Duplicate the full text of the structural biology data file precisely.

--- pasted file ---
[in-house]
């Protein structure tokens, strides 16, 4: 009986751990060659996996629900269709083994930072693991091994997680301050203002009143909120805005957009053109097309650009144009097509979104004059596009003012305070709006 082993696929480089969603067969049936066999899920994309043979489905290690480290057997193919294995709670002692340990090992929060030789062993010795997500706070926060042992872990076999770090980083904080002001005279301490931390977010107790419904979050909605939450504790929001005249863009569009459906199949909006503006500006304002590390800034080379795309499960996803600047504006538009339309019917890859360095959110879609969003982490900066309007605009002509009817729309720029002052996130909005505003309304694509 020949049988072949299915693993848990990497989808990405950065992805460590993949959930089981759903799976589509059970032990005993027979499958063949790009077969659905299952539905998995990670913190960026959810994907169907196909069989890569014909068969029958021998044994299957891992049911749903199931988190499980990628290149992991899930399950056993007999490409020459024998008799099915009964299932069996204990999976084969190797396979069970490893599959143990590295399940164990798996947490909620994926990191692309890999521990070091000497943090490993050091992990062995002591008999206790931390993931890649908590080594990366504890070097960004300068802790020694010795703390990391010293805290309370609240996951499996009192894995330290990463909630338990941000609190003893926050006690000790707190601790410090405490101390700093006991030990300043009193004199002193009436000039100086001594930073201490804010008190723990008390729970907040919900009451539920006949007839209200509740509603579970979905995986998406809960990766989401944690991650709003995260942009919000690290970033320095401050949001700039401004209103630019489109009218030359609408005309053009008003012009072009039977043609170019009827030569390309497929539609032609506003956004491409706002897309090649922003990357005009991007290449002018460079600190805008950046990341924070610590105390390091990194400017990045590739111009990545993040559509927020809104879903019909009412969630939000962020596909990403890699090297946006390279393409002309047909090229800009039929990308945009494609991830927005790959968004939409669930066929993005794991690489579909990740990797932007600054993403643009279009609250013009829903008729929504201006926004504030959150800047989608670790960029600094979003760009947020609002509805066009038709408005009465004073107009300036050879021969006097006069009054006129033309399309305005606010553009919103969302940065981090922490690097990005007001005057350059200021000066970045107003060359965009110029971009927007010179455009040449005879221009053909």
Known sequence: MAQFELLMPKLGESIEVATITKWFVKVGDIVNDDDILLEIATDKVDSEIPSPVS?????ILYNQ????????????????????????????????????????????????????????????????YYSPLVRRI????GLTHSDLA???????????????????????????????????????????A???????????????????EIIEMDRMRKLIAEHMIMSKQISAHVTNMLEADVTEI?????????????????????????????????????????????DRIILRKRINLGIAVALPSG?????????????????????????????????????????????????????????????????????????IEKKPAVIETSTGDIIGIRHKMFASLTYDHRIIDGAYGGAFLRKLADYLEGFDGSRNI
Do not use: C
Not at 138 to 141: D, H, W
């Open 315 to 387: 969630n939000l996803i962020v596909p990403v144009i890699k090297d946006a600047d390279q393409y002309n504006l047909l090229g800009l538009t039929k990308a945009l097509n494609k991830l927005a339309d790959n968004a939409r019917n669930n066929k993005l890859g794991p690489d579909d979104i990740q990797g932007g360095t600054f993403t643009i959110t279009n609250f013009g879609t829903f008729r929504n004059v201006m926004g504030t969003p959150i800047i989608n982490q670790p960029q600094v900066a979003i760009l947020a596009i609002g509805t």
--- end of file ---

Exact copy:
[in-house]
């Protein structure tokens, strides 16, 4: 009986751990060659996996629900269709083994930072693991091994997680301050203002009143909120805005957009053109097309650009144009097509979104004059596009003012305070709006 082993696929480089969603067969049936066999899920994309043979489905290690480290057997193919294995709670002692340990090992929060030789062993010795997500706070926060042992872990076999770090980083904080002001005279301490931390977010107790419904979050909605939450504790929001005249863009569009459906199949909006503006500006304002590390800034080379795309499960996803600047504006538009339309019917890859360095959110879609969003982490900066309007605009002509009817729309720029002052996130909005505003309304694509 020949049988072949299915693993848990990497989808990405950065992805460590993949959930089981759903799976589509059970032990005993027979499958063949790009077969659905299952539905998995990670913190960026959810994907169907196909069989890569014909068969029958021998044994299957891992049911749903199931988190499980990628290149992991899930399950056993007999490409020459024998008799099915009964299932069996204990999976084969190797396979069970490893599959143990590295399940164990798996947490909620994926990191692309890999521990070091000497943090490993050091992990062995002591008999206790931390993931890649908590080594990366504890070097960004300068802790020694010795703390990391010293805290309370609240996951499996009192894995330290990463909630338990941000609190003893926050006690000790707190601790410090405490101390700093006991030990300043009193004199002193009436000039100086001594930073201490804010008190723990008390729970907040919900009451539920006949007839209200509740509603579970979905995986998406809960990766989401944690991650709003995260942009919000690290970033320095401050949001700039401004209103630019489109009218030359609408005309053009008003012009072009039977043609170019009827030569390309497929539609032609506003956004491409706002897309090649922003990357005009991007290449002018460079600190805008950046990341924070610590105390390091990194400017990045590739111009990545993040559509927020809104879903019909009412969630939000962020596909990403890699090297946006390279393409002309047909090229800009039929990308945009494609991830927005790959968004939409669930066929993005794991690489579909990740990797932007600054993403643009279009609250013009829903008729929504201006926004504030959150800047989608670790960029600094979003760009947020609002509805066009038709408005009465004073107009300036050879021969006097006069009054006129033309399309305005606010553009919103969302940065981090922490690097990005007001005057350059200021000066970045107003060359965009110029971009927007010179455009040449005879221009053909």
Known sequence: MAQFELLMPKLGESIEVATITKWFVKVGDIVNDDDILLEIATDKVDSEIPSPVS?????ILYNQ????????????????????????????????????????????????????????????????YYSPLVRRI????GLTHSDLA???????????????????????????????????????????A???????????????????EIIEMDRMRKLIAEHMIMSKQISAHVTNMLEADVTEI?????????????????????????????????????????????DRIILRKRINLGIAVALPSG?????????????????????????????????????????????????????????????????????????IEKKPAVIETSTGDIIGIRHKMFASLTYDHRIIDGAYGGAFLRKLADYLEGFDGSRNI
Do not use: C
Not at 138 to 141: D, H, W
């Open 315 to 387: 969630n939000l996803i962020v596909p990403v144009i890699k090297d946006a600047d390279q393409y002309n504006l047909l090229g800009l538009t039929k990308a945009l097509n494609k991830l927005a339309d790959n968004a939409r019917n669930n066929k993005l890859g794991p690489d579909d979104i990740q990797g932007g360095t600054f993403t643009i959110t279009n609250f013009g879609t829903f008729r929504n004059v201006m926004g504030t969003p959150i800047i989608n982490q670790p960029q600094v900066a979003i760009l947020a596009i609002g509805t």